Tackling Tax related Illicit Financial Flows in Africa:
The term “Illicit Financial Flows” (IFFs) was first coined in the 1990s and was initially associated with capital flight, a phenomenon typically associated with outflows of money from a country. It now generally refers to cross-border movement of capital associated with illegal activities, or more explicitly, money that is illegally earned, transferred or used. Although the expression “Illicit Financial Flows” is increasingly used, no agreement could thus far be reached on its precise definition. There is an ongoing global discussion on whether and what commercial activities – which lead to tax avoidance – should be regarded as part of IFFs, considering that many business practices to lower tax liabilities are legal (at least) according to the letter of the law.
However, there is consensus that IFFs cover three areas that overlap in practice:
Although these criminal activities are damaging to countries worldwide, Africa is especially vulnerable because of the fact that most countries have a rapidly growing national debt and scarce financial resources. The leakage of wealth from poor countries through tax evasion, money laundering, trade mispricing and other misdeeds poses a huge challenge to political security, and economic and social development on the continent. This is particularly the case in fragile and conflict-affected states as well as in resource-rich countries – illegal activities are more concentrated in the extractive and mining industries than others. In addition, weak governance is regarded as an enabler and a consequence of IFFs.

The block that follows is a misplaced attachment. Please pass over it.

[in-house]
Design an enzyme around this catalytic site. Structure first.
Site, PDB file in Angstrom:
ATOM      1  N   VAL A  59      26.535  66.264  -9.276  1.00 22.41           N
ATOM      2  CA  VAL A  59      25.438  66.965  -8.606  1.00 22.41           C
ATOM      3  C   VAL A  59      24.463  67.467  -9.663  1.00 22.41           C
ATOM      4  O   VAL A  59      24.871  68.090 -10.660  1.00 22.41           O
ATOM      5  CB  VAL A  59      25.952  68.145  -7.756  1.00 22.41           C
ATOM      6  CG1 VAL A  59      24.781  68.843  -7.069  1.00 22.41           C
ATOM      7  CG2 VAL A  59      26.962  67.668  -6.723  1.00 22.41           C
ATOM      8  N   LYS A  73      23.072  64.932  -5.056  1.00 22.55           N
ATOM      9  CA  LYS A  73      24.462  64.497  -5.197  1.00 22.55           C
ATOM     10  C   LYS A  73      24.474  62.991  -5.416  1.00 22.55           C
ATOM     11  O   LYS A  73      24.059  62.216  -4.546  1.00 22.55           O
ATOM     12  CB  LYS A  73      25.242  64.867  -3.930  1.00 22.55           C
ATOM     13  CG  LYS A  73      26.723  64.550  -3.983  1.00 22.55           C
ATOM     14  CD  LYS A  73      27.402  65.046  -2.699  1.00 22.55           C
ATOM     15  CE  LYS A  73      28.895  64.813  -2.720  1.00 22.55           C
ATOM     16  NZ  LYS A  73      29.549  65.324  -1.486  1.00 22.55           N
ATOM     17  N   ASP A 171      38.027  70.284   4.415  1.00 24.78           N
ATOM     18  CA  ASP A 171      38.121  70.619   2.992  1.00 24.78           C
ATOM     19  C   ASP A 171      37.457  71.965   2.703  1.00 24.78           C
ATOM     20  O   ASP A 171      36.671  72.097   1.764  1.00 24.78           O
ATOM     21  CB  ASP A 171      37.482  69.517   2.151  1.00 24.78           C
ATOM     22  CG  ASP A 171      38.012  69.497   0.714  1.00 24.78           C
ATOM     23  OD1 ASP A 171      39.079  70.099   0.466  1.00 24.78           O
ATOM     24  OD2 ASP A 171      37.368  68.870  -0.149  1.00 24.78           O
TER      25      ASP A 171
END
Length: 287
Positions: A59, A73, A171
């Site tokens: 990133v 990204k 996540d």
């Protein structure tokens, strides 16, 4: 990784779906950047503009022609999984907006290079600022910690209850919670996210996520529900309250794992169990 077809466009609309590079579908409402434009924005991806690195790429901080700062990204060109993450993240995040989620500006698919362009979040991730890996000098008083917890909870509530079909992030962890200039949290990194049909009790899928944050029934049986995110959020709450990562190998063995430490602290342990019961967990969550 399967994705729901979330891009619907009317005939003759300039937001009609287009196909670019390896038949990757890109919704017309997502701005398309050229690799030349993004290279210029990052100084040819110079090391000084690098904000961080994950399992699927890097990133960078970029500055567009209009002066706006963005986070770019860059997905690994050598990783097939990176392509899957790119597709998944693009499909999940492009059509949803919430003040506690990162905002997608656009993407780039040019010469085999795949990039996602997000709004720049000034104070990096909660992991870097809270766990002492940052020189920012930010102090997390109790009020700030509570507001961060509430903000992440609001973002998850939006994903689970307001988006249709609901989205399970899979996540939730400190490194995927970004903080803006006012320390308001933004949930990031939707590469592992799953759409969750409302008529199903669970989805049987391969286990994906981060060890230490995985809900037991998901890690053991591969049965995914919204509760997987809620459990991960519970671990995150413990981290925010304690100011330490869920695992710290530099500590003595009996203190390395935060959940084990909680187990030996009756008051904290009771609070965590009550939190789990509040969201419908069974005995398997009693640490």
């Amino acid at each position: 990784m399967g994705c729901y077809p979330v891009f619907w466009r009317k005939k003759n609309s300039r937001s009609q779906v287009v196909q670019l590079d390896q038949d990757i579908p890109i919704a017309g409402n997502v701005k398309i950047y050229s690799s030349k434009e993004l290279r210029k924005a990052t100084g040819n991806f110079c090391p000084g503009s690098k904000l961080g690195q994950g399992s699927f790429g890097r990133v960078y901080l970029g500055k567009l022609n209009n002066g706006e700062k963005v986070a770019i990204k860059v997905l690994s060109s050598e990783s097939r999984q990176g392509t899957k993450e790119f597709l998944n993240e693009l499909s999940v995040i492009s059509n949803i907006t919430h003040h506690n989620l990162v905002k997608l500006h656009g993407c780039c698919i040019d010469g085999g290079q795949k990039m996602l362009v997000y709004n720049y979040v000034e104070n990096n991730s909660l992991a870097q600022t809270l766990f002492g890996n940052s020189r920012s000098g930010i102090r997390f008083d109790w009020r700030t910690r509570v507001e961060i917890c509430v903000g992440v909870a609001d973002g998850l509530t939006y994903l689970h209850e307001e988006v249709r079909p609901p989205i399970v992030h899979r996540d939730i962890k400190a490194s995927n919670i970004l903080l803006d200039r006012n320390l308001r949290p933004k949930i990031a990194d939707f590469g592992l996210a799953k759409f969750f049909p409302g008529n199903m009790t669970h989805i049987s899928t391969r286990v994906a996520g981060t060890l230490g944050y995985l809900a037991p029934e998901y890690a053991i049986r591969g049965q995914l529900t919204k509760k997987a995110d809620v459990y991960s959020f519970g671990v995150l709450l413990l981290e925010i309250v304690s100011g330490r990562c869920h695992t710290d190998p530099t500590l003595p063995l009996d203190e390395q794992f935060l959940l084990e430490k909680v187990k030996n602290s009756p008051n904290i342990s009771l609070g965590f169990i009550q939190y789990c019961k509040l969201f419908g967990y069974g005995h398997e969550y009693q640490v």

The Good Financial Governance (GFG) in Africa programme supports a pan-African dialogue on IFFs on behalf of the German Federal Ministry for Economic Cooperation and Development (BMZ), co-funded by the European Union and the Ministry for Foreign Affairs of Finland. The overall objective of the Multi-Donor Action is to contribute to reducing Illicit Financial Flows in Africa. The project will leverage on existing partnerships and develop new approaches to enhance activities to combat Illicit Financial Flows.
The capacities of the AUC in the development, implementation and monitoring of anti-IFF measures at reginal and national level are strengthened.
Understanding and awareness of the nature and extent of IFFs in Africa is increased among public institutions (including the AUC and AU member states) and CSOs.
Accountability of public institutions regarding IFFs is improved at national and regional levels, through the implementation, among others, of good governance standards
Increased effectiveness of pilot government efforts to tackle IFFs.
The GFG in Africa programme supports the African Union Commission together with regional networks in their efforts in combating IFFs: